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How Netflix Ticks: Five Key Insights From the Company’s New Corporate Culture Manifesto

Netflix had long been famous for its “freedom & responsibility” slide deck, which the company first published in 2009 as a way to communicate its corporate values to potential and existing employees. This week, Netflix published a major update, replacing more than a hundred PowerPoint slides with a more succinct text document.

The update includes some key additions around issues like diversity and family leave, but it also offers fascinating insights into how Netflix works internally, and how the company’s unusual corporate culture helped it to grow to an entertainment industry juggernaut with more than 100 million subscribers worldwide.

Here are five key insights:

Netflix is not a Silicon Valley playground

Netflix’s office may be close to other tech giants like Google, Facebook, and Yahoo as well as countless other start-ups, but the company couldn’t be more different in the way it’s thinking about perks and campus culture. There are no giant slides at Netflix’s office, no spontaneous ultimate frisbee tournaments and no Burning Man tributes. From the corporate culture document:

“Our version of the great workplace is not comprised of sushi lunches, great gyms, big offices, or frequent parties. Our version of the great workplace is a dream team in pursuit of ambitious common goals, for which we spend heavily.”

In other words: Netflix may be a bit boring, but it aims to treat its employees like grown-ups.

Netflix doesn’t want any bros

At a time when sexism and other ruthless behavior in the tech industry is in the headlines, Netflix is repeating its long-standing commitment to not hire jerks: “On a dream team, there are no ‘brilliant jerks.’ The cost to teamwork is just too high. Our view is that brilliant people are also capable of decent human interactions, and we insist upon that.”

The company’s corporate culture principles also received a significant update to include a commitment to diversity and inclusion, asking current and potential employees to be “curious about how our different backgrounds affect us at work, rather than pretending they don’t affect us.” “You recognize we all have biases, and work to grow past them,” the document continues. “You intervene if someone else is being marginalized.”

Netflix only keeps the best

Netflix has long pushed managers only to keep their best employees. The company’s culture document puts it this way:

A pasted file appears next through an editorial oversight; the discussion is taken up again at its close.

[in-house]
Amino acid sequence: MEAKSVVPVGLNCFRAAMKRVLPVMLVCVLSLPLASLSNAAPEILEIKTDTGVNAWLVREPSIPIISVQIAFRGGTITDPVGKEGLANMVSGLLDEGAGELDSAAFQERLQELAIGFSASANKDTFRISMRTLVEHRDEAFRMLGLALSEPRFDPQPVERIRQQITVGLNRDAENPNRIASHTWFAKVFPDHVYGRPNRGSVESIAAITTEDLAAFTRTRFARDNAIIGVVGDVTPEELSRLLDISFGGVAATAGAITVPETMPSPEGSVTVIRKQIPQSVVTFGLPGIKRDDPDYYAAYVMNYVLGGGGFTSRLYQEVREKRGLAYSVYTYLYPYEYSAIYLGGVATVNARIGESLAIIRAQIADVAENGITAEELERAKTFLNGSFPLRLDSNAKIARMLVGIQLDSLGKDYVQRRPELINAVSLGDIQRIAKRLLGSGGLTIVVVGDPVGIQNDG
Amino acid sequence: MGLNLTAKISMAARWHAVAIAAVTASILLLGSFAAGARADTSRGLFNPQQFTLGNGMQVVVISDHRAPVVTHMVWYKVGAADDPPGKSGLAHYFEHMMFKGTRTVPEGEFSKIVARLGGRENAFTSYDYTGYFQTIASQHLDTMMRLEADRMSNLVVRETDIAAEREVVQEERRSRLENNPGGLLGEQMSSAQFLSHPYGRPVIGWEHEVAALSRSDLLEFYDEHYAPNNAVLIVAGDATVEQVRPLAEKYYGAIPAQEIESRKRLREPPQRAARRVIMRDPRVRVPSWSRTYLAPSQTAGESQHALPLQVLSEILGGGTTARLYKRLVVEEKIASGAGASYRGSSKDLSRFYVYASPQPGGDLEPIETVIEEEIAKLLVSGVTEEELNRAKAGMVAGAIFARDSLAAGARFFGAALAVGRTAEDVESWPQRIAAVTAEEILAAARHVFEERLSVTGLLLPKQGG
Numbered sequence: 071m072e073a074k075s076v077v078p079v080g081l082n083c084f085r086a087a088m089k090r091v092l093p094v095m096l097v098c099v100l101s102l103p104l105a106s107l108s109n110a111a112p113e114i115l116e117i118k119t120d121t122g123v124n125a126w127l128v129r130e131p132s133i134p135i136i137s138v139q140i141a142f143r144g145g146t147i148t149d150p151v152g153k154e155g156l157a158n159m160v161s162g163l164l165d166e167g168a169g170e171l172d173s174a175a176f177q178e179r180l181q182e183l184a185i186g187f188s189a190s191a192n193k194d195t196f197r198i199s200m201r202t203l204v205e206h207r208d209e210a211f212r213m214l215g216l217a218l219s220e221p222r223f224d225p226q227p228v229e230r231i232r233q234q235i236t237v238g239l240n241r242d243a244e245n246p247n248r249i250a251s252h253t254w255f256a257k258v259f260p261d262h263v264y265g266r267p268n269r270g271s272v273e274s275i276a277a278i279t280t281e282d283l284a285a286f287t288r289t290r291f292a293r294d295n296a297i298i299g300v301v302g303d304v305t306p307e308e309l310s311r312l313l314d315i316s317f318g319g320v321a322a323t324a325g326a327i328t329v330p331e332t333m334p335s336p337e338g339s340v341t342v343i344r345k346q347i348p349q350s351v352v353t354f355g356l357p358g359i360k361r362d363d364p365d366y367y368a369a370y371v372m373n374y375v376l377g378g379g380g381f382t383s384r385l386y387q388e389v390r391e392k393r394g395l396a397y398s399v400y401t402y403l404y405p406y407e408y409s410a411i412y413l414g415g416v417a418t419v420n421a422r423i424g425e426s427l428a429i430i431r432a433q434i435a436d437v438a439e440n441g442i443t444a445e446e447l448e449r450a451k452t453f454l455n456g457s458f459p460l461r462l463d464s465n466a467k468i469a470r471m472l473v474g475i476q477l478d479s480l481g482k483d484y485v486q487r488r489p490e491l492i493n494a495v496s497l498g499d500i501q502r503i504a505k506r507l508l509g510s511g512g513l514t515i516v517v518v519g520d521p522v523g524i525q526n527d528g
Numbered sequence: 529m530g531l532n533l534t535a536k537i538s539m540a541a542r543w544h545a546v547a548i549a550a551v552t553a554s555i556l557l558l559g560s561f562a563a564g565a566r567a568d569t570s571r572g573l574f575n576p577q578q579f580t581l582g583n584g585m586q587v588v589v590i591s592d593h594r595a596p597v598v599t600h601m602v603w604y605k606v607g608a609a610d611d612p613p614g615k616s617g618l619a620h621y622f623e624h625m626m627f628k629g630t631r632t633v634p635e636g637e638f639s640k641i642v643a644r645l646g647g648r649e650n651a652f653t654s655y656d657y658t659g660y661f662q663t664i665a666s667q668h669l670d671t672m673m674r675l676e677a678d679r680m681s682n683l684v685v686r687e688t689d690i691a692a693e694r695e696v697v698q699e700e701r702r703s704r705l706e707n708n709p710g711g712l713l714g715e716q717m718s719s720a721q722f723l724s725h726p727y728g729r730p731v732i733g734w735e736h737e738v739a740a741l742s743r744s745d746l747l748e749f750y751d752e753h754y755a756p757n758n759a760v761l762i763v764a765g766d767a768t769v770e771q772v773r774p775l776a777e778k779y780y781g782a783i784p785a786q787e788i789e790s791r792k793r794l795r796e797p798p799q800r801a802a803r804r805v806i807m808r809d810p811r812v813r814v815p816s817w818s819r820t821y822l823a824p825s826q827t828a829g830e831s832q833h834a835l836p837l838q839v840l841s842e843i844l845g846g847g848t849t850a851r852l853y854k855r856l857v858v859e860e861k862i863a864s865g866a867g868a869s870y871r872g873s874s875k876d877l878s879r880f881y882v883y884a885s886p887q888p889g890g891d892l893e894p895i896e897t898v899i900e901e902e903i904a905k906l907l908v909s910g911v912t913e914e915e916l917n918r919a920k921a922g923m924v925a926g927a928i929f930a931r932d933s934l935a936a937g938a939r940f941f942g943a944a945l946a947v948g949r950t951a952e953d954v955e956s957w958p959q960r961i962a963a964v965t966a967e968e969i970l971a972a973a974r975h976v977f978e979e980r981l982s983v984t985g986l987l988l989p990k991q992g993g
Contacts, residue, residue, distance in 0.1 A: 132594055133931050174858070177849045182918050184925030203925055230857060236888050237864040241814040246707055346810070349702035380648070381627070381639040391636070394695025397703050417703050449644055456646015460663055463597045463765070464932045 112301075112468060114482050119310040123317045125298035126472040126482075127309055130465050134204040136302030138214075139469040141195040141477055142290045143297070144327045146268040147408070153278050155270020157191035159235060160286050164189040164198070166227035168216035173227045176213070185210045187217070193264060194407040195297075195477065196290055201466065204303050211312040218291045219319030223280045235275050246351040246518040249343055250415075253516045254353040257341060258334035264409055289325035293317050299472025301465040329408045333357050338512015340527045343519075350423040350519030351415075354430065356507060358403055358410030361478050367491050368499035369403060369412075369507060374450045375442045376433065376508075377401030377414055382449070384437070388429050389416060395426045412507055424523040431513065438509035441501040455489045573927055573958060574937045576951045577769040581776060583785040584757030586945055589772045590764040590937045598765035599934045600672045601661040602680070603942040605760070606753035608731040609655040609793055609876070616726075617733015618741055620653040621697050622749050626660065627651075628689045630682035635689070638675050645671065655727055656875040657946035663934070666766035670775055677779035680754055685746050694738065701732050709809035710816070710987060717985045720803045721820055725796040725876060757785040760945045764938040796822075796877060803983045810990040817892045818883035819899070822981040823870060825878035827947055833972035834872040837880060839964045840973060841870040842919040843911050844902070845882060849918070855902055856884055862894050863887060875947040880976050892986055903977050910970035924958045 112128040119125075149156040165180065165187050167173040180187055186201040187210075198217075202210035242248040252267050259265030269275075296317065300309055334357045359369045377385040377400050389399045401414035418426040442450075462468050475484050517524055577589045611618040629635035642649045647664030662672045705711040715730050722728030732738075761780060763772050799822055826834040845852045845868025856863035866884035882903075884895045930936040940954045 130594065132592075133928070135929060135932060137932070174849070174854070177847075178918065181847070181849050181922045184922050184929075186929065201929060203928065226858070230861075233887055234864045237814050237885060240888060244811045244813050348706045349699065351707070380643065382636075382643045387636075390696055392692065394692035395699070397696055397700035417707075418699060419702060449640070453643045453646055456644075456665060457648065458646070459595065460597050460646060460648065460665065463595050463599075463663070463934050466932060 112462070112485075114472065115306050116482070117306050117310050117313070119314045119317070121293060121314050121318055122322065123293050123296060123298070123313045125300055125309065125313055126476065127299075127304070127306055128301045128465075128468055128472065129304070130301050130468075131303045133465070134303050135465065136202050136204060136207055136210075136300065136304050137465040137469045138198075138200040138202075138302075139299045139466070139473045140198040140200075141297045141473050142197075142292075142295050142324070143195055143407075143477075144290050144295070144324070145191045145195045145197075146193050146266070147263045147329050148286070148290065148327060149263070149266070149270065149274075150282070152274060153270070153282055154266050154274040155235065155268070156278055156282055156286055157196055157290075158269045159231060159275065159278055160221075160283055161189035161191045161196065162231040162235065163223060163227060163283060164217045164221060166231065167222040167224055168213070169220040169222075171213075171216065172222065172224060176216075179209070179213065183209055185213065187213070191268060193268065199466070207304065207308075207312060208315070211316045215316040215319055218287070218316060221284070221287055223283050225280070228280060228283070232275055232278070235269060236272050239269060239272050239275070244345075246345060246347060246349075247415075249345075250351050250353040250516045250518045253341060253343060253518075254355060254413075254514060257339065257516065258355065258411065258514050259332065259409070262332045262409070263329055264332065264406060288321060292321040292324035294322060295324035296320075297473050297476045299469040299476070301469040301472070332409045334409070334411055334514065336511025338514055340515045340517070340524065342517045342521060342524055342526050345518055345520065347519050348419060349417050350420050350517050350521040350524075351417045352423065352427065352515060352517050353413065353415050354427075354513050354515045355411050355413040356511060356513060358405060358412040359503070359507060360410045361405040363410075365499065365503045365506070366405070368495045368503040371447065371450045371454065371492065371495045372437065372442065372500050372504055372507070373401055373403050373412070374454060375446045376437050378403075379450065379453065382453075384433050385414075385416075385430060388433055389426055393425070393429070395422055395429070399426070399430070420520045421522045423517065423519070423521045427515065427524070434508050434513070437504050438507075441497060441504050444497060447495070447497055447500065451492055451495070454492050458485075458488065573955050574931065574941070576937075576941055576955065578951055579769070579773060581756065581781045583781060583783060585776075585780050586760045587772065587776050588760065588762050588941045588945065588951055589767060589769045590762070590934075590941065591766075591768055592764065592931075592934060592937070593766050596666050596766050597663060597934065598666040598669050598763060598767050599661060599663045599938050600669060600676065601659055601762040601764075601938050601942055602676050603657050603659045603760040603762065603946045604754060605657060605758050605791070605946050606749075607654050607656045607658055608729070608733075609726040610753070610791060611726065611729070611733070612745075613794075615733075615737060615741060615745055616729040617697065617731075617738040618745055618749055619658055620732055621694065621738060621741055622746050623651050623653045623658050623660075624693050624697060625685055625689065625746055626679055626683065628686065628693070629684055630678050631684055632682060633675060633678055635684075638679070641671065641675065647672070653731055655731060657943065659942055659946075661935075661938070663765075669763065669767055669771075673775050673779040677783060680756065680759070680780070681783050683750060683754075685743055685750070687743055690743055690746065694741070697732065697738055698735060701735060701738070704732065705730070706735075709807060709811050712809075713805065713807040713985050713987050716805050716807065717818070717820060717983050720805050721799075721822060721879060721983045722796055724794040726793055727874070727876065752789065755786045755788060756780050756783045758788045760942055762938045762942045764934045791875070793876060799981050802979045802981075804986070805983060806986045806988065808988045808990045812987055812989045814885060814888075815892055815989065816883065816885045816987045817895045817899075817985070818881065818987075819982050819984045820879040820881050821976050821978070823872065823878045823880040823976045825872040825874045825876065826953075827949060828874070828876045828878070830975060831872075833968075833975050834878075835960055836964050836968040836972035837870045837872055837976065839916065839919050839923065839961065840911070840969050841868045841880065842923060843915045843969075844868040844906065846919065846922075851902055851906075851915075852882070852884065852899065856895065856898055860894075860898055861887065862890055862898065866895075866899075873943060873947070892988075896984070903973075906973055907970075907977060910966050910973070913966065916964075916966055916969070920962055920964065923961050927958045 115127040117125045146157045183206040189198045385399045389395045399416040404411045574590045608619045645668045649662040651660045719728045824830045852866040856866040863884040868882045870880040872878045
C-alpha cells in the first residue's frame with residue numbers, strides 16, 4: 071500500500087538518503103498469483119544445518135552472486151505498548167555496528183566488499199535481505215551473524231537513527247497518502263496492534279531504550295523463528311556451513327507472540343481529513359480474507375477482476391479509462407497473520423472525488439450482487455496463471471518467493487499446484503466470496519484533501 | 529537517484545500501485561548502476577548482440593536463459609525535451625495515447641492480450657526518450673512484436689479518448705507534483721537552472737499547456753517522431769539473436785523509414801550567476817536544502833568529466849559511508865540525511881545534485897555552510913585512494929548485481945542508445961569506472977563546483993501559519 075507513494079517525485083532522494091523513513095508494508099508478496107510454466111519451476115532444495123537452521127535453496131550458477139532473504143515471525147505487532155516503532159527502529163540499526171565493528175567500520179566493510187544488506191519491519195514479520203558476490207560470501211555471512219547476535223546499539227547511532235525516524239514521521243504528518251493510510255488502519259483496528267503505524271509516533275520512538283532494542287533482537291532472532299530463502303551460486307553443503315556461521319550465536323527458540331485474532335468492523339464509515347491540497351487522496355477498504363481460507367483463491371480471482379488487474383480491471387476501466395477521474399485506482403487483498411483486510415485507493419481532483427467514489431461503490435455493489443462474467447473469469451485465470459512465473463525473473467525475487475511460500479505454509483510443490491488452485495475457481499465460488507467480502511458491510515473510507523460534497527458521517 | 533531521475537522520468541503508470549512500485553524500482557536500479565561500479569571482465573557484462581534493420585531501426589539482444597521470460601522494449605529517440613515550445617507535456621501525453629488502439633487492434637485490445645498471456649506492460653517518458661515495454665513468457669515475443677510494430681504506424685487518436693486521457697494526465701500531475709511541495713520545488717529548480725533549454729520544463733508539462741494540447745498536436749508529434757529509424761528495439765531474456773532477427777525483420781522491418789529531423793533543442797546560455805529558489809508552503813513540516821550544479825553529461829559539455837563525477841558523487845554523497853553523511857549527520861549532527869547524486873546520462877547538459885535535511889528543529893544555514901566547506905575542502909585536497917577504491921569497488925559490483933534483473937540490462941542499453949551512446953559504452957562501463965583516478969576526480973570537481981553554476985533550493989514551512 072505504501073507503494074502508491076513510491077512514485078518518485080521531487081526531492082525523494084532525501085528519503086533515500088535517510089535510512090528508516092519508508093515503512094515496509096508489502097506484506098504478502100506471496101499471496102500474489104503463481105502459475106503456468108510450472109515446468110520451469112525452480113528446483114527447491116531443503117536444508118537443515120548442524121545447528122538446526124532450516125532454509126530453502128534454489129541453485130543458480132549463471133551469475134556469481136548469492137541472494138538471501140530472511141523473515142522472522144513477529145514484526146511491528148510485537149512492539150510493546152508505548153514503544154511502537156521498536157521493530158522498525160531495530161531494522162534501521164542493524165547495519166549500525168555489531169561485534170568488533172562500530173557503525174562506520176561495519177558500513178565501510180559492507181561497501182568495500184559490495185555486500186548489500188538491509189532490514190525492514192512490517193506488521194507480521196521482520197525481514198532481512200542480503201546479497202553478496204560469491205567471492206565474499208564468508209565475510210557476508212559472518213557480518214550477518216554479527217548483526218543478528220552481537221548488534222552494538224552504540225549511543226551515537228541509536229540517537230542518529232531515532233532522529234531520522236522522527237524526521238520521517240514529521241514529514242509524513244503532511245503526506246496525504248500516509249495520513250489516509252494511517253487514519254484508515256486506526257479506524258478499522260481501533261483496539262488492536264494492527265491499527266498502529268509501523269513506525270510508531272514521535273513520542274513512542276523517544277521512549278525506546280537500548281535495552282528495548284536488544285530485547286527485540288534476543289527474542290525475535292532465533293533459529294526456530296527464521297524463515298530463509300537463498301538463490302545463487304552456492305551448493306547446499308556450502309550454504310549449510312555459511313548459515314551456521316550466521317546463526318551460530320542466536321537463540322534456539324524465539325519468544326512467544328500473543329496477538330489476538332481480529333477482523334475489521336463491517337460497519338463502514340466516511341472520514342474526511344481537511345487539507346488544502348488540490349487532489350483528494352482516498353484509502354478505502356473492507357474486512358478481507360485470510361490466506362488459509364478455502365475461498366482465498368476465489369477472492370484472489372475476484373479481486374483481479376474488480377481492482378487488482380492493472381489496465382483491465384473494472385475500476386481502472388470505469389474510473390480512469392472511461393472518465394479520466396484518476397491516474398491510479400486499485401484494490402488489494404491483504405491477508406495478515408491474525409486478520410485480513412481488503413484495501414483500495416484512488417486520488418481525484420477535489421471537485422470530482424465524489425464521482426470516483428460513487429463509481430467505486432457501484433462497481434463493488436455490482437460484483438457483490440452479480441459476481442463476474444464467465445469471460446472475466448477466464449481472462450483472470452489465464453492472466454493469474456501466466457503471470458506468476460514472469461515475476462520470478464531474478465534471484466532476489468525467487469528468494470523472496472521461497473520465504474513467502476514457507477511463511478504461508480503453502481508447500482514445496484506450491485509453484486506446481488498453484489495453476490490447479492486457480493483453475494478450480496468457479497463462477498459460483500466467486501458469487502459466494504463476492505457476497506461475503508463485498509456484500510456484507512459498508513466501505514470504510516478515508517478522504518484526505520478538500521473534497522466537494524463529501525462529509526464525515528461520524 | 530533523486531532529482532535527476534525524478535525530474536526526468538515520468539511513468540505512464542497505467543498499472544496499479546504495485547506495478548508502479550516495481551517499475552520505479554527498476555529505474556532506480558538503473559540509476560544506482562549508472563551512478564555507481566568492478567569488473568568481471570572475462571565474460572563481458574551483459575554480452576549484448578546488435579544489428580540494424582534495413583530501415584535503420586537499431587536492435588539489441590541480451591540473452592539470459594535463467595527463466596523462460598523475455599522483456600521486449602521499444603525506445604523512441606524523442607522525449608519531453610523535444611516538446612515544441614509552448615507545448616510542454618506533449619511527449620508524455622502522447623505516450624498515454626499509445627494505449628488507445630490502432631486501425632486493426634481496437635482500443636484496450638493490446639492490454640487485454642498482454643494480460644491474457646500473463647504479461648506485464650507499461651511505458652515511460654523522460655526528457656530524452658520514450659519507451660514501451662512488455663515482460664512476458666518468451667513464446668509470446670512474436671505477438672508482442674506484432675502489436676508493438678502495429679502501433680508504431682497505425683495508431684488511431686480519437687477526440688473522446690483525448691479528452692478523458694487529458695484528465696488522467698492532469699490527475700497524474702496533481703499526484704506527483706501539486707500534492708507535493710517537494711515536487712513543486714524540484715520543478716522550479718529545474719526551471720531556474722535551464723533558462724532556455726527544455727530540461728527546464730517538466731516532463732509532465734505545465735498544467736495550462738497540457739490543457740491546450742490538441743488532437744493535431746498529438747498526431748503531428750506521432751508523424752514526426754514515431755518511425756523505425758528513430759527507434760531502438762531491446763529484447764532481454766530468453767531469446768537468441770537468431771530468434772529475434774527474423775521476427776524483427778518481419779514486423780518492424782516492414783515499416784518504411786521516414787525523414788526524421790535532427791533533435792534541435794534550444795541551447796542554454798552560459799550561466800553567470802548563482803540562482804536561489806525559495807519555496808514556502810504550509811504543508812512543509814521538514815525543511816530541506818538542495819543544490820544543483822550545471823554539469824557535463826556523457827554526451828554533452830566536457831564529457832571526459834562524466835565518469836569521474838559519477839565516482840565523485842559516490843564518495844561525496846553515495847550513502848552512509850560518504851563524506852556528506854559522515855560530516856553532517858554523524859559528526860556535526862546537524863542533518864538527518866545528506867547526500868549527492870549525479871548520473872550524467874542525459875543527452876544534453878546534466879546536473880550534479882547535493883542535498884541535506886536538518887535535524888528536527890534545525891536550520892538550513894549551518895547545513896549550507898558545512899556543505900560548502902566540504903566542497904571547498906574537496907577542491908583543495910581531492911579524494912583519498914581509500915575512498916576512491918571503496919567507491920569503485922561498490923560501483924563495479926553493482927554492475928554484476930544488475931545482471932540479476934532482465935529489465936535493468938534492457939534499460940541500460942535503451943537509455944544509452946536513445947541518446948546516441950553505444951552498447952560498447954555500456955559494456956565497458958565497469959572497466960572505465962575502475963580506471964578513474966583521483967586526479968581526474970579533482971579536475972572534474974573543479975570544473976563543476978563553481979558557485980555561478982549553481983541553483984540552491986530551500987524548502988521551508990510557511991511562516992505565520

“We focus on managers’ judgment through the ‘keeper test’ for each of their people: if one of the members of the team was thinking of leaving for another firm, would the manager try hard to keep them from leaving? Those that do not pass the keeper test (i.e. their manager would not fight to keep them) are promptly and respectfully given a generous severance package.”

Of course, this also means that Netflix is a high-pressure environment. The document acknowledges that it gives seasoned employees some leeway — everyone will have a slump some time. But there always seems to be a sense that your job could come to an end sooner rather than later. So get along, but don’t get too attached. Netflix is not your family. As the document puts it:

“We model ourselves on being a team, not a family. A family is about unconditional love, despite your siblings’ unusual behavior. A dream team is about pushing yourself to be the best teammate you can be, caring intensely about your teammates, and knowing that you may not be on the team forever.”

Netflix doesn’t limit expenses or vacation time

One of the most famous tidbits about Netflix’s corporate culture is that the company doesn’t limit vacation time, instead leaving it to each employee to take as much time as they need, but also asking them to put in extra hours when necessary. “Frankly, we intermix work and personal time quite a bit, doing email at odd hours, taking off weekday afternoons for kids’ games, etc.”

In this updated document, Netflix emphasizes that the same goes for paid parental leave: “New parents are encouraged to take whatever time they feel is right in the first year, which they generally aren’t sure of until a few months after the baby arrives.”

The company also doesn’t keep any policies on reimbursed expenses, instead appealing to employees to be reasonable. The same goes for the dress code: “We also don’t have a clothing policy, but no one has come to work naked; you don’t need policies for everything.”

Netflix is a bit weird

Speaking of coming to work naked: Netflix’s corporate document makes it clear that the company is still a bit of an oddball, even with a hundred million-plus customers worldwide. Not all-out-crazy, but in that slightly nerdy, laugh at your own jokes kind of way that makes the CEO wear tacky Christmas sweaters while commenting on the latest quarterly earnings in front of a camera.

Case in point: Netflix’s new culture document ends with the following lines from Antoine de Saint-Exupéry:

If you want to build a ship,
don’t drum up the people
to gather wood, divide the
work, and give orders.

Instead, teach them to yearn
for the vast and endless sea.

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